Friday, September 23, 2005

A Certain Strength, Some Certainty

PISCES: "Belief is the end of intelligence," says philosopher Robert Anton Wilson. The moment you become attached to an opinion or theory, no matter how good or true or beautiful it might seem, you're no longer fully open to the mysteries that life brings you. Your perceptiveness wanes and your understanding shrinks. This is always important to keep in mind, of course, but especially so this week. A wave of raw truth is headed your way, and yet you will miss it completely unless you take a vacation from your beliefs about the way the world works.
--Rob Brezsny
They say as you grow older, your stands become firmer. I am afraid of that time.

Some say we always change our minds, but not the fact that we are right.

If there is something I'd like to be proven wrong about, that is the death of the ideal. While I see, and by stream of logic figure, that something is incessantly building then gets destroyed, I wait still for that one wholeness that sustains and not merely survives.

If I fantasize, it is both because I understand something's distance from reality and I am creating a blueprint of something that is palpable in time.

Wednesday, September 21, 2005

A Report On Today's Weather

1. How do you tell someone you want to eat alone, be alone sometimes, if not most of the time?
2. That question, that anyaya, is really a courtesy invitation anyway.
3. What if they really like your company? It's not that you don't enjoy or appreciate theirs, you simply prefer being solitary.

4. September may well be my month. I may well be like a pomegranate blistering at its core. Hahaha.

5. You're pulled in so many ways, truly. Or that different parts of your body go toward their own desired directions.
6. How you never wanted to be common. Never the okay.
7. But all along fitting your self into those easy identifications--graduated from this university, works here, goes home to this city, does not smoke, drinks sometimes--to be easily identified, of course.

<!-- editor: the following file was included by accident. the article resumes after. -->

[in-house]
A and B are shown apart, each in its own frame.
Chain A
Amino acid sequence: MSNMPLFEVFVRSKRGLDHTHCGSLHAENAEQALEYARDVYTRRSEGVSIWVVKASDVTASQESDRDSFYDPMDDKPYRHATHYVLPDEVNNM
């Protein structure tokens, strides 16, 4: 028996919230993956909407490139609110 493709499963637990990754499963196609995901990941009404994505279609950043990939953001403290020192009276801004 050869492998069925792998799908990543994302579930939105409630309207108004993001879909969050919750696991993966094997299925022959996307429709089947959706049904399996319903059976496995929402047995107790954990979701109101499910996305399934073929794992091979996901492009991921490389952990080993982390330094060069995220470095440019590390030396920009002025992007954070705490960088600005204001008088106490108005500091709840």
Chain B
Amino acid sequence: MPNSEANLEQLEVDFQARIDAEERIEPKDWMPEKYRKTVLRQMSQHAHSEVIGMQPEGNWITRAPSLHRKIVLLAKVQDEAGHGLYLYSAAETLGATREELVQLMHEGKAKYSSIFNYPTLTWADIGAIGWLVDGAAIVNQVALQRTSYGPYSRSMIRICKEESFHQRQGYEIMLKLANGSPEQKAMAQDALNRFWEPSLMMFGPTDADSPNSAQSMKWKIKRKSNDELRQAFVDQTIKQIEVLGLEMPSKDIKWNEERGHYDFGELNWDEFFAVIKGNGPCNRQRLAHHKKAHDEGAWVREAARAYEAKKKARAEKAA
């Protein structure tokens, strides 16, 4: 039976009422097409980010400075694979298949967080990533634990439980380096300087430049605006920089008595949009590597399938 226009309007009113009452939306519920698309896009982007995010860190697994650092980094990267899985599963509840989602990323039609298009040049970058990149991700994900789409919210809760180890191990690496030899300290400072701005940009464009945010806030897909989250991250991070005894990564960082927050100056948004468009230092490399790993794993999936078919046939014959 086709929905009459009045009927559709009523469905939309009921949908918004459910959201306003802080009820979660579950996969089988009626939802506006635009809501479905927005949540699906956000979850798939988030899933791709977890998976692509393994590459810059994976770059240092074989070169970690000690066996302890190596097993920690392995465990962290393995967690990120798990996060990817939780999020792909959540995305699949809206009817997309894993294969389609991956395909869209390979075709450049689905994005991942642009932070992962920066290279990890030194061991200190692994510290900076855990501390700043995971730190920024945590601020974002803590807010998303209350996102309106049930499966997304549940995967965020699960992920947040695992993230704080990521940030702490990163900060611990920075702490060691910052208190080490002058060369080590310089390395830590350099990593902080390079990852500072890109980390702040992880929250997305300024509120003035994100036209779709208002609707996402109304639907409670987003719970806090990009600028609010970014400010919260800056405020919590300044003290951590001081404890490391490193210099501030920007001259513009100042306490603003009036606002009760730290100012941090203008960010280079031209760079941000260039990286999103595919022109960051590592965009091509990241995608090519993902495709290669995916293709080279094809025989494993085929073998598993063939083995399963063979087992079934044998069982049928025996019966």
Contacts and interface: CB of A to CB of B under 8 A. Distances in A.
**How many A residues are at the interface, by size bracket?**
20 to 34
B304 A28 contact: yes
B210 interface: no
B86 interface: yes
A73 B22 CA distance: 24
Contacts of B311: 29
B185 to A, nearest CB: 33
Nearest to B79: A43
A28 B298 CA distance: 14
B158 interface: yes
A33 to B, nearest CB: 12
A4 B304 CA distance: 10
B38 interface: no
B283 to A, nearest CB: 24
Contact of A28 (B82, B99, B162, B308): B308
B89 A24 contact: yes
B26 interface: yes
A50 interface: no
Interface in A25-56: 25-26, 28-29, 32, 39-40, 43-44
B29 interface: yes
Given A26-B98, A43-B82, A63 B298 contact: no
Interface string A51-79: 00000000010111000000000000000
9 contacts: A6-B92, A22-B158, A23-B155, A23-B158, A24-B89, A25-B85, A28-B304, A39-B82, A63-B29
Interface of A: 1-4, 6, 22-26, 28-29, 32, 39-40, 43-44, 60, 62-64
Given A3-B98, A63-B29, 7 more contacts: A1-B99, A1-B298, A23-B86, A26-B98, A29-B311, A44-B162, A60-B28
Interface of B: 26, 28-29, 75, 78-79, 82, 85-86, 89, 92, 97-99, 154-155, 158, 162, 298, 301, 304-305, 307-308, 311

8. Suddenly all food at Mini Stop taste great.

Monday, September 5, 2005

The Happy Cynic: "Happy Happy Joy Joy"

When many people talk about their childhoods, they emphasize the alienating, traumatic experiences they had. It has become fashionable to avoid reporting memories of the good times in one's past. This seems dishonest--a testament to the popularity of cynicism rather than a reflection of objective truth.

I don't mean to downplay the way your early encounters with pain demoralized your spirit. But as you reconnoiter the promise of pronoia, it's crucial for you to extol the gifts you were given in your early years: all the helpful encounters, kind teachings, and simple acts of grace that helped you bloom. Remember them now, please.

--Rob Brezsny, "PRONOIA Is the Antidote for Paranoia: How the Whole World Is Conspiring to Shower You with Blessings"
photo sent via email, its creator is unknown to meHmmm, I've done that before.

I'll do it again now as advised:
1. Ate's late night stories (about her.)
2. Bon Jovi concert (I talked a little about it here.)
3. Cheering competitions.
4. Sabayang pagbigkas.
5. Biking with Ate.
6. "Most cheerful" award in Grade 1.
7. Going to the dentist then eating outside with the family every Saturday.

Is seven good enough or am I not digging deeper?

* The image has just been sent to me via email and its creator, until now, is unknown to me.

Thursday, September 1, 2005

Ghost Hunter, Human Fighter

This Dance of Distance
Looking for the ghost in your closet makes it go away.
Although it's more on facing your fear, it's not that simple right now--these fears and phantoms.

That lesson on why we should remain distant from each other: when too close, we break each other's myths of each other.

¤

A Lead Role In A Cage
WISH YOU WERE HERE
Pink Floyd

So, so you think you can tell
Heaven from Hell,
Blue skies from pain.
Can you tell a green field
From a cold steel rail?
A smile from a veil?
Do you think you can tell?

And did they get you to trade
Your heroes for ghosts?
Hot ashes for trees?
Hot air for a cool breeze?
Cold comfort for change?
And did you exchange
A walk on part in the war
For a lead role in a cage?

How I wish, how I wish you were here.
We're just two lost souls
Swimming in a fish bowl,
Year after year,
Running over the same old ground.
What have we found? The same old fears,
Wish you were here.
That lesson in categorization: "we stereotype people so as to make them manageable to us." And that is not entirely bad, for it is not necessary for us to delve into each other. It is a means of knowing how to treat someone for the immediate now.

There is this person, in the file cabinet of his mind, he seems to place every thing in "unfiled."